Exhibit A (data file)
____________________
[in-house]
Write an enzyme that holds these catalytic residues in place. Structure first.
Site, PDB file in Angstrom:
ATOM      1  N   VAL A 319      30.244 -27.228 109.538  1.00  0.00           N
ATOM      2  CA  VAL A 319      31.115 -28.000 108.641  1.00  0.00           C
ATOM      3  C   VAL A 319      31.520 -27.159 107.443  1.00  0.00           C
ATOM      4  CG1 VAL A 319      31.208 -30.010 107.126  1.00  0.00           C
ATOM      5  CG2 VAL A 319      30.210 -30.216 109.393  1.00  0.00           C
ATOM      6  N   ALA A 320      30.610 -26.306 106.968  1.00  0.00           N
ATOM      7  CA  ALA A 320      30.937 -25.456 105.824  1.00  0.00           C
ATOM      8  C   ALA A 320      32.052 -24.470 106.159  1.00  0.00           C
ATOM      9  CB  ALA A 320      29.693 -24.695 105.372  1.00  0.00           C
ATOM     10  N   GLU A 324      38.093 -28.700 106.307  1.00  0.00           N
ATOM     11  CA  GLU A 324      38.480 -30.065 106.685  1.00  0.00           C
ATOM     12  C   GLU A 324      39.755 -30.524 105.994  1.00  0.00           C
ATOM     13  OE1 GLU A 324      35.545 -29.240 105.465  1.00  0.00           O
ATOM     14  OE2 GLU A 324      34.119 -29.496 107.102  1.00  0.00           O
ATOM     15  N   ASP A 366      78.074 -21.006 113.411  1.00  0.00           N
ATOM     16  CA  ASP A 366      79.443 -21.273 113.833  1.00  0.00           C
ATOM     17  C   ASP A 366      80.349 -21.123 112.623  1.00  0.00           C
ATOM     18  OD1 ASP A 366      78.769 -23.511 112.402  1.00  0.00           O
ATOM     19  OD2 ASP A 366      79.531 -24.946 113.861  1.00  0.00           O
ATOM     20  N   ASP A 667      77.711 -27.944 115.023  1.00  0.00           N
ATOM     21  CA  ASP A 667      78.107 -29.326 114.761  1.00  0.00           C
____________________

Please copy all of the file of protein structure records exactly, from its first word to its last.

[in-house]
Write an enzyme that holds these catalytic residues in place. Structure first.
Site, PDB file in Angstrom:
ATOM      1  N   VAL A 319      30.244 -27.228 109.538  1.00  0.00           N
ATOM      2  CA  VAL A 319      31.115 -28.000 108.641  1.00  0.00           C
ATOM      3  C   VAL A 319      31.520 -27.159 107.443  1.00  0.00           C
ATOM      4  CG1 VAL A 319      31.208 -30.010 107.126  1.00  0.00           C
ATOM      5  CG2 VAL A 319      30.210 -30.216 109.393  1.00  0.00           C
ATOM      6  N   ALA A 320      30.610 -26.306 106.968  1.00  0.00           N
ATOM      7  CA  ALA A 320      30.937 -25.456 105.824  1.00  0.00           C
ATOM      8  C   ALA A 320      32.052 -24.470 106.159  1.00  0.00           C
ATOM      9  CB  ALA A 320      29.693 -24.695 105.372  1.00  0.00           C
ATOM     10  N   GLU A 324      38.093 -28.700 106.307  1.00  0.00           N
ATOM     11  CA  GLU A 324      38.480 -30.065 106.685  1.00  0.00           C
ATOM     12  C   GLU A 324      39.755 -30.524 105.994  1.00  0.00           C
ATOM     13  OE1 GLU A 324      35.545 -29.240 105.465  1.00  0.00           O
ATOM     14  OE2 GLU A 324      34.119 -29.496 107.102  1.00  0.00           O
ATOM     15  N   ASP A 366      78.074 -21.006 113.411  1.00  0.00           N
ATOM     16  CA  ASP A 366      79.443 -21.273 113.833  1.00  0.00           C
ATOM     17  C   ASP A 366      80.349 -21.123 112.623  1.00  0.00           C
ATOM     18  OD1 ASP A 366      78.769 -23.511 112.402  1.00  0.00           O
ATOM     19  OD2 ASP A 366      79.531 -24.946 113.861  1.00  0.00           O
ATOM     20  N   ASP A 667      77.711 -27.944 115.023  1.00  0.00           N
ATOM     21  CA  ASP A 667      78.107 -29.326 114.761  1.00  0.00           C